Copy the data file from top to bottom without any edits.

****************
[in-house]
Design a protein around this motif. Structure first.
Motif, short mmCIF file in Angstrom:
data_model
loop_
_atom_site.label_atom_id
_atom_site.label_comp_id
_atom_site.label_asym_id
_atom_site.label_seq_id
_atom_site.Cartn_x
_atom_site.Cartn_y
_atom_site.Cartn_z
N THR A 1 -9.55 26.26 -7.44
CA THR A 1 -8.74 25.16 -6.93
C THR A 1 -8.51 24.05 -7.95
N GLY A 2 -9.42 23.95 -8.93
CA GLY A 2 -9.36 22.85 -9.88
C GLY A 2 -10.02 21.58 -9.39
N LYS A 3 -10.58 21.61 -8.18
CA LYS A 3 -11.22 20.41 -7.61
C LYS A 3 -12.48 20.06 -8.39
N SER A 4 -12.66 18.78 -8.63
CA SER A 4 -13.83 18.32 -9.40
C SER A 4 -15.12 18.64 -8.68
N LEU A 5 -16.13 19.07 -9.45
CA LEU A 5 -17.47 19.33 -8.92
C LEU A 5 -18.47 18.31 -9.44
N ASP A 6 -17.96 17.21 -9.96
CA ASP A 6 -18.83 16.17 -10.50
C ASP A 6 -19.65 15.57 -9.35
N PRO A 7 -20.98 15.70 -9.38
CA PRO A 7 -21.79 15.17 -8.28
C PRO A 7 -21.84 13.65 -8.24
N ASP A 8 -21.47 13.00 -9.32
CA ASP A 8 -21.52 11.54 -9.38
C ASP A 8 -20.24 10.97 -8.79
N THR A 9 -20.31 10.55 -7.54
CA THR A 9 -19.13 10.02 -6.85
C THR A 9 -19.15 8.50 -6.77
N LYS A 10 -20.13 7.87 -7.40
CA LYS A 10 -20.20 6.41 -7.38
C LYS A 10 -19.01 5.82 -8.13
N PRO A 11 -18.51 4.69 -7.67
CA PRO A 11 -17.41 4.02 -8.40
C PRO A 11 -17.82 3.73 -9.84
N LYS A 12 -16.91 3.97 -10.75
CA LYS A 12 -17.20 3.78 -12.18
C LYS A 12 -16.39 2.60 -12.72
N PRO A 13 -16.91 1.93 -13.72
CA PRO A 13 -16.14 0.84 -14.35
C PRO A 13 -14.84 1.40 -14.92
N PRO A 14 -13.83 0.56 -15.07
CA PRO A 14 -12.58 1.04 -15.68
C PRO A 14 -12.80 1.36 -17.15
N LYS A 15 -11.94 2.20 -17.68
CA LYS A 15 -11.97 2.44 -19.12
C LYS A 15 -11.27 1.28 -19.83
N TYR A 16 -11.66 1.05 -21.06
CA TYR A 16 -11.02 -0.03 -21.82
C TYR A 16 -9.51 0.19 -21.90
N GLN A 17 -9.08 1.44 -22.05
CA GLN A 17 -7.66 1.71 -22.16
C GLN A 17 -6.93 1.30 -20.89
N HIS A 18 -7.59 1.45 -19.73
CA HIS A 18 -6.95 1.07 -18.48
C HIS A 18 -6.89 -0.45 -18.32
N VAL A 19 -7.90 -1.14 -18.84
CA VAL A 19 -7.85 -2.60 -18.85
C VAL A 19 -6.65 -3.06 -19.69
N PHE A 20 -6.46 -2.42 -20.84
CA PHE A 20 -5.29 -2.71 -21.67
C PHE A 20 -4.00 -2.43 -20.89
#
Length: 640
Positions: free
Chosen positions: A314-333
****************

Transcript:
[in-house]
Design a protein around this motif. Structure first.
Motif, short mmCIF file in Angstrom:
data_model
loop_
_atom_site.label_atom_id
_atom_site.label_comp_id
_atom_site.label_asym_id
_atom_site.label_seq_id
_atom_site.Cartn_x
_atom_site.Cartn_y
_atom_site.Cartn_z
N THR A 1 -9.55 26.26 -7.44
CA THR A 1 -8.74 25.16 -6.93
C THR A 1 -8.51 24.05 -7.95
N GLY A 2 -9.42 23.95 -8.93
CA GLY A 2 -9.36 22.85 -9.88
C GLY A 2 -10.02 21.58 -9.39
N LYS A 3 -10.58 21.61 -8.18
CA LYS A 3 -11.22 20.41 -7.61
C LYS A 3 -12.48 20.06 -8.39
N SER A 4 -12.66 18.78 -8.63
CA SER A 4 -13.83 18.32 -9.40
C SER A 4 -15.12 18.64 -8.68
N LEU A 5 -16.13 19.07 -9.45
CA LEU A 5 -17.47 19.33 -8.92
C LEU A 5 -18.47 18.31 -9.44
N ASP A 6 -17.96 17.21 -9.96
CA ASP A 6 -18.83 16.17 -10.50
C ASP A 6 -19.65 15.57 -9.35
N PRO A 7 -20.98 15.70 -9.38
CA PRO A 7 -21.79 15.17 -8.28
C PRO A 7 -21.84 13.65 -8.24
N ASP A 8 -21.47 13.00 -9.32
CA ASP A 8 -21.52 11.54 -9.38
C ASP A 8 -20.24 10.97 -8.79
N THR A 9 -20.31 10.55 -7.54
CA THR A 9 -19.13 10.02 -6.85
C THR A 9 -19.15 8.50 -6.77
N LYS A 10 -20.13 7.87 -7.40
CA LYS A 10 -20.20 6.41 -7.38
C LYS A 10 -19.01 5.82 -8.13
N PRO A 11 -18.51 4.69 -7.67
CA PRO A 11 -17.41 4.02 -8.40
C PRO A 11 -17.82 3.73 -9.84
N LYS A 12 -16.91 3.97 -10.75
CA LYS A 12 -17.20 3.78 -12.18
C LYS A 12 -16.39 2.60 -12.72
N PRO A 13 -16.91 1.93 -13.72
CA PRO A 13 -16.14 0.84 -14.35
C PRO A 13 -14.84 1.40 -14.92
N PRO A 14 -13.83 0.56 -15.07
CA PRO A 14 -12.58 1.04 -15.68
C PRO A 14 -12.80 1.36 -17.15
N LYS A 15 -11.94 2.20 -17.68
CA LYS A 15 -11.97 2.44 -19.12
C LYS A 15 -11.27 1.28 -19.83
N TYR A 16 -11.66 1.05 -21.06
CA TYR A 16 -11.02 -0.03 -21.82
C TYR A 16 -9.51 0.19 -21.90
N GLN A 17 -9.08 1.44 -22.05
CA GLN A 17 -7.66 1.71 -22.16
C GLN A 17 -6.93 1.30 -20.89
N HIS A 18 -7.59 1.45 -19.73
CA HIS A 18 -6.95 1.07 -18.48
C HIS A 18 -6.89 -0.45 -18.32
N VAL A 19 -7.90 -1.14 -18.84
CA VAL A 19 -7.85 -2.60 -18.85
C VAL A 19 -6.65 -3.06 -19.69
N PHE A 20 -6.46 -2.42 -20.84
CA PHE A 20 -5.29 -2.71 -21.67
C PHE A 20 -4.00 -2.43 -20.89
#
Length: 640
Positions: free
Chosen positions: A314-333